Armonk’s BFranklin hopes to bring the Warby Parker model to LED light bulbs. The new company has a co-founder with a familiar name and professional experience with lights of a different kind.
For 15 years as goalie of the New York Rangers, Mike Richter hovered in the net with a light perched tauntingly on the glass just feet behind him at Madison Square Garden. As a member of the Rangers’ 1994 Stanley Cup championship team, Richter was quite good at keeping opposing teams from firing up that light by sneaking the puck past him. But Richters new goal is in some ways the opposite. He’d like to see the LED light bulbs from his company light up homes throughout the country.
Richter avoids sports metaphors when discussing BFranklin. He and co-founder Richard Hulme keep the focus on a system they believe can help people save money and reduce their carbon footprint.
“I’ve always been interested in sustainability across my life – pre-, during and post-hockey. This is something I care about,” Richter said. “Having finished my first career, I wanted to do something I believed in.”
A Greenwich resident, Richter went back to school after retiring from hockey. He graduated from Yale University with a degree in ethics, politics and economics, with a concentration in environmental politics. BFranklin is one of multiple companies Richter is involved with focused on sustainable energy.
Richter, Hulme and co-founders Konstantin Braun and Rob Krugel launched BFranklin last spring. Through the company’s website, BFranklin offers to send customers a free kit with 12 different types of LED light bulbs for a 30-day home test period. In that time, people can try out different types of bulbs.
LED light bulbs, as BFranklin explains in company literature, use about 15 percent of the electricity of the more-common incandescent bulbs. Yet the incandescent bulb still dominates living rooms and porches. Federal data show that, at the end of 2017, just 27 percent of homes utilized LED light bulbs while only 1 percent used LED light bulbs exclusively.
“There’s something that feels wrong about having this superior technology – this is not an experiment, we know what the things can do – yet it is not being used,” Richter said.
The main hurdle, Hulme explains, is customer confusion and a lack of awareness. People are rarely conversant in the language of light bulbs. You’re more likely to just carry a bumed-out bulb to the grocery store and hope to find a match. BFranklin’s “Try Light Kit” wants to put an end to that.
“The kit solves two problems,” Hulme said. “It gets the light bulbs into people’s hands and helps them realize that this technology is something they could accept in their homes. And it enables them to pick the right bulbs for different applications throughout their home without having to know it’s called the BR40, or a G25, ВII, or A19. We use simple labeling technology. The number 1.”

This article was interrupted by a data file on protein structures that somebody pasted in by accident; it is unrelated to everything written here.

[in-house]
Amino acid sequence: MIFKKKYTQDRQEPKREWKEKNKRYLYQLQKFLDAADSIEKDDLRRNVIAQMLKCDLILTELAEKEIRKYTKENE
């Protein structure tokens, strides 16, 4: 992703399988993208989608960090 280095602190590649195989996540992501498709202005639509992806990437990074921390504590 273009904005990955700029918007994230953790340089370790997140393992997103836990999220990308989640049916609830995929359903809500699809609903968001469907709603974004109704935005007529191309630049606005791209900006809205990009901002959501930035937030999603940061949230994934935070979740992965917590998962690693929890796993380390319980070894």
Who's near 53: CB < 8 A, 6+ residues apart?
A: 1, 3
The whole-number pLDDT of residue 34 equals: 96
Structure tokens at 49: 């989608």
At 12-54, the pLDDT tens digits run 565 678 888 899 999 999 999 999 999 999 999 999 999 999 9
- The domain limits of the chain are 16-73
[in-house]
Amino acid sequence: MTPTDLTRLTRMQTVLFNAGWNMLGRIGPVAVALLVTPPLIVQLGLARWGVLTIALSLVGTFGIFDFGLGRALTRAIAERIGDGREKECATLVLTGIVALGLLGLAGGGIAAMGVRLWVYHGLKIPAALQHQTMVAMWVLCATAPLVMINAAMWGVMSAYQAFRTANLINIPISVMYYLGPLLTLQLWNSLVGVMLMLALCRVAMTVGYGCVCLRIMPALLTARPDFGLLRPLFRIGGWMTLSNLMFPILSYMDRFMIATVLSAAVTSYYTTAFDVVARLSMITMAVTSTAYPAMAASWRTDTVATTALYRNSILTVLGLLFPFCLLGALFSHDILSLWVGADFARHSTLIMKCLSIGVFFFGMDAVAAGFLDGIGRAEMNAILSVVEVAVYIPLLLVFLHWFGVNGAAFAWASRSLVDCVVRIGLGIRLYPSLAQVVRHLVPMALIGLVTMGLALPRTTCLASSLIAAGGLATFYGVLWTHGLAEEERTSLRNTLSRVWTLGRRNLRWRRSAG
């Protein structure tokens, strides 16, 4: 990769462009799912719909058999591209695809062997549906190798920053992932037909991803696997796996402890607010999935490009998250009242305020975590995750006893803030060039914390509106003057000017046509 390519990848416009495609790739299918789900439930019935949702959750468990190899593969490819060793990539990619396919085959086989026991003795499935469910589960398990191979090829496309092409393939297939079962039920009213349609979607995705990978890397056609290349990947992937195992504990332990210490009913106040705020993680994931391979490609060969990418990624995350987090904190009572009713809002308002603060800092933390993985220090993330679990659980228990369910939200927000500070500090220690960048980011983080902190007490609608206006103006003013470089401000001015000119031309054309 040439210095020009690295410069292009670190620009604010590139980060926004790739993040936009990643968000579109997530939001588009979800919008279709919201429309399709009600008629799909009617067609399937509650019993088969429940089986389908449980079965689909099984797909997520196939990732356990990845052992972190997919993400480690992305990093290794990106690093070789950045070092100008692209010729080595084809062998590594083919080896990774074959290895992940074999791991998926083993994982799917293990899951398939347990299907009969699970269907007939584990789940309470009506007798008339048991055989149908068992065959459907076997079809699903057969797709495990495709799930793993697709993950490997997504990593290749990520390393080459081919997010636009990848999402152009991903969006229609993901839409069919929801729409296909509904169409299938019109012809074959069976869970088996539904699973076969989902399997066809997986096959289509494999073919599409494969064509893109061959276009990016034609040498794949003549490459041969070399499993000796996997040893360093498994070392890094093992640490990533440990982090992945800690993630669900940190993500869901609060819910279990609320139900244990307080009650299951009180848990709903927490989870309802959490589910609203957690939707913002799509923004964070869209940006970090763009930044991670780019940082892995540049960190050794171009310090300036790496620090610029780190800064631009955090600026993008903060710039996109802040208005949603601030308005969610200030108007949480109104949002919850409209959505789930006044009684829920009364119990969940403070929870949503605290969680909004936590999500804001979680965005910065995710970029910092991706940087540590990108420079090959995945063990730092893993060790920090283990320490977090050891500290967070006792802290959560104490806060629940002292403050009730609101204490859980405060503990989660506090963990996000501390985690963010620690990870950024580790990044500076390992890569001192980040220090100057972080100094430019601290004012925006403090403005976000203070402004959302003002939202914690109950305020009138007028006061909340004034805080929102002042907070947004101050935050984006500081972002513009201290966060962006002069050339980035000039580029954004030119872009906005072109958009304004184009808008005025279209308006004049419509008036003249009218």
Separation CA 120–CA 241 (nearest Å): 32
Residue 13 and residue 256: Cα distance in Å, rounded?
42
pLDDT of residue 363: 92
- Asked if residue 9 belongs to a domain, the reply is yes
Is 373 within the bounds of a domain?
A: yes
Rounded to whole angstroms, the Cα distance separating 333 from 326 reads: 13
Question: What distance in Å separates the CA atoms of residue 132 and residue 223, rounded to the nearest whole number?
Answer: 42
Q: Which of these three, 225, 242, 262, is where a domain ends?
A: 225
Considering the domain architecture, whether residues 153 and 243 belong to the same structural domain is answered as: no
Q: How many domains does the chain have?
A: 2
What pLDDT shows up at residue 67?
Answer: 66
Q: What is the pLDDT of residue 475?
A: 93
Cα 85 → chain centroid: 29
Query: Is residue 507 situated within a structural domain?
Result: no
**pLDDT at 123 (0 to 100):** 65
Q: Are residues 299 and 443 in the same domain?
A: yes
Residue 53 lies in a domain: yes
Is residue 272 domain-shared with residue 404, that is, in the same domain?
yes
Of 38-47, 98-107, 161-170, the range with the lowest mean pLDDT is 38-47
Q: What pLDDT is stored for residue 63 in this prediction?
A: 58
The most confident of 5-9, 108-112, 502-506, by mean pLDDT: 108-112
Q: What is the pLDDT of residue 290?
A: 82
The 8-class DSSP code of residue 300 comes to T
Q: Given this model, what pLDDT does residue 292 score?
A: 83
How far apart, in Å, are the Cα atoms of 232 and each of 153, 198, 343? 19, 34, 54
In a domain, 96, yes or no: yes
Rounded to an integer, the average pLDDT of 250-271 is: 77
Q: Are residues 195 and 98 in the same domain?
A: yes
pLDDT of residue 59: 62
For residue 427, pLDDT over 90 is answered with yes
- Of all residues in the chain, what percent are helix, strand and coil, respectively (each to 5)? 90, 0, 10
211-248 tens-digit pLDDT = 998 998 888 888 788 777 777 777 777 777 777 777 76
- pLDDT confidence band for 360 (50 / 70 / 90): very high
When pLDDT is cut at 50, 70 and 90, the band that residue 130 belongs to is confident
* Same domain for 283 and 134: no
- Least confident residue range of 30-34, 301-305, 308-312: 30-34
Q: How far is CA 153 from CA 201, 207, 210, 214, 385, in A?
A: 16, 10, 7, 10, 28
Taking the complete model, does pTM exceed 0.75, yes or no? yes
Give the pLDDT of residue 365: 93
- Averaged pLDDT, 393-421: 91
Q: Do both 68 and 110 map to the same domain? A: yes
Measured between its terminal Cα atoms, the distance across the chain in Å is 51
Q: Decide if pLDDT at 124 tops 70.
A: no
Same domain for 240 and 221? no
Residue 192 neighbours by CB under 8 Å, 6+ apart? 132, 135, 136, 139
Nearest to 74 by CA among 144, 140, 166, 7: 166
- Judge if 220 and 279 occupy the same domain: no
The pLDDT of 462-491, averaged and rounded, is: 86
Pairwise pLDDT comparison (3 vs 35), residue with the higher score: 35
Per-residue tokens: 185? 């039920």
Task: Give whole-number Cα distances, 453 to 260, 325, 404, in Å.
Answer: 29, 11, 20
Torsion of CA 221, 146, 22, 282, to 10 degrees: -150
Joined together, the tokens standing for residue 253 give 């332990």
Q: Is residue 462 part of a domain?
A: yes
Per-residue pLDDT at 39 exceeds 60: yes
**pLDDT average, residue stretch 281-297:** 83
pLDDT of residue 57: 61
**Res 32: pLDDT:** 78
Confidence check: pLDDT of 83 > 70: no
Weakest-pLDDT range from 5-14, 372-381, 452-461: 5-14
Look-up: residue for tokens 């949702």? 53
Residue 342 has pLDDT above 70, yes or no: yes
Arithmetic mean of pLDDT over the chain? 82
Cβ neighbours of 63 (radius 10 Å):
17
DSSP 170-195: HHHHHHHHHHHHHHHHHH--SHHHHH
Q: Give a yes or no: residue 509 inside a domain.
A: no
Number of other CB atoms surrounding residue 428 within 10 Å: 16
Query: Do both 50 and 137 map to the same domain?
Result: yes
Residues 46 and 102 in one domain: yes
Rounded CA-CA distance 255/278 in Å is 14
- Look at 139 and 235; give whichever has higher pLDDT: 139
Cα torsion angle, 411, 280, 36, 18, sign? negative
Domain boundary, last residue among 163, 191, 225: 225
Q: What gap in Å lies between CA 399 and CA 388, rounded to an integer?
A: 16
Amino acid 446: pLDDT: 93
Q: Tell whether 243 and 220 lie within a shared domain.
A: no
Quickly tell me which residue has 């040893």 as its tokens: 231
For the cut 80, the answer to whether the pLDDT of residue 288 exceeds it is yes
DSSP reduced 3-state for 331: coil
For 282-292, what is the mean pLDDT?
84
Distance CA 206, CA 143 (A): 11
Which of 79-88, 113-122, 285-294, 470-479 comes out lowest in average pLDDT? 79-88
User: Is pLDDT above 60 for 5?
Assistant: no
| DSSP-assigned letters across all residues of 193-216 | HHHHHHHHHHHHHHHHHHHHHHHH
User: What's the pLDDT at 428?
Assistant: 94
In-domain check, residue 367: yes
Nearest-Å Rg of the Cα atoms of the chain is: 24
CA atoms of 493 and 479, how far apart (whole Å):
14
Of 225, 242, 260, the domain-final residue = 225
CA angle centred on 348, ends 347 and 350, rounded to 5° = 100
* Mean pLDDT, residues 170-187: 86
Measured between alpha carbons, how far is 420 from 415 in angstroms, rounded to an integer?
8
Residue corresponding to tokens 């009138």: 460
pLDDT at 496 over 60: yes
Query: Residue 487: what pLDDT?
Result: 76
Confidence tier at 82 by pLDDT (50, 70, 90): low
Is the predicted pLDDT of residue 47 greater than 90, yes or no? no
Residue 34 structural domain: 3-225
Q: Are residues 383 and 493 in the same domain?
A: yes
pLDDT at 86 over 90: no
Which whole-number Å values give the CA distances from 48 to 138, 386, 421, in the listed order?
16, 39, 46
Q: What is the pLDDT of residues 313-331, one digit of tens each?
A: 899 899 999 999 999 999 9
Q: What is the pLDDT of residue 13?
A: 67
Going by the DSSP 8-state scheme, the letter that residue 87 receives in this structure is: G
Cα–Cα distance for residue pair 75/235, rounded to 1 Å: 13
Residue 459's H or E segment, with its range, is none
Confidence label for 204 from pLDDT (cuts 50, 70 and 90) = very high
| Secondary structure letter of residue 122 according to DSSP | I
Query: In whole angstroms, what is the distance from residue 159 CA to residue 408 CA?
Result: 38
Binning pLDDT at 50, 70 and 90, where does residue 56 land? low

The bulbs are marked 1 through 12, and the kit comes with a grid to write how many “Is” “2s” and “3s” are needed to outfit a home. You can then order those bulbs from BFranklin’s website and send the kit back in a pre-paid package.
The bulbs will cost more.
Incandescent 60-watt bulbs can be purchased for as little as a buck, while the equivalent on BFranklin, “Lightbulb 1,” starts at $4. But Lightbulb 1 is far more energy efficient, and thus can pay you back quickly, Hulme notes. Just that single bulb, the company estimates, could save homeowners and renters $6 a year on electricity costs.
Thafs the economic aigument.
Hulme also argues the different options in the kit will help people find better lighting for each room of their home. The newest generation of LED bulbs – which have an average life span of 20 years – produce a warmer, softer light than their more Spartan predecessors.
And there’s the environmental benefit.
More efficient lighting means less electricity consumed, cutting down on an individual’s carbon footprint.
The payback and easy installation is what made LED bulbs especially appealing to Richter. For people alarmed by reports forecasting the devastating impacts of climate change, LED lights offer a way to take action.
“This is the single best place to start. Ifs the ground floor,” Richter said. “Ifs got the quickest payback and it is the easiest thing to talk about. We’re talking about screwing in a light bulb.”
BFranklin is one of several efforts in improving energy efficiency from Richter. In 2007, he co-founded Environmental Capital Partners, a $100 million private equity fund focused on resource efficiency. In 2011, he created Healthy Planet Partners, a fund to finance and manage renewable energy for commercial buildings. He is also president of Brightcore Energy, which is focused on doing LED retrofits of commercial and industrial buildings. Hulme, of Pound Ridge, previously worked as a consultant to top global companies, including PricewaterhouseCoopers and IBM.
BFranklin operates at an office in an Armonk corporate park. The name is a nod, in part, to Richters Philadelphia roots but also to honor the innovative nature of the Founding Father.
Asked about the similarities between hockey and his new venture, Richter said, “the efficiency and the health aspect of this relates very much to what I used to do. Performance is eliminating waste in one way or another and thafs what we do.
“We have produced over the last century an awful lot of greenhouse gases and an awful lot of pollution. What can the average person do? This is a way of doing something. Ifs not about hugging trees. It is about living better, having a home that performs better and get- | ting paid to do it in the process. There are no other options quite like it”
This story originally appeared in WAG magazine, the sister publication of the Westchester and Fairfield County Business Journals.
This article provided by NewsEdge.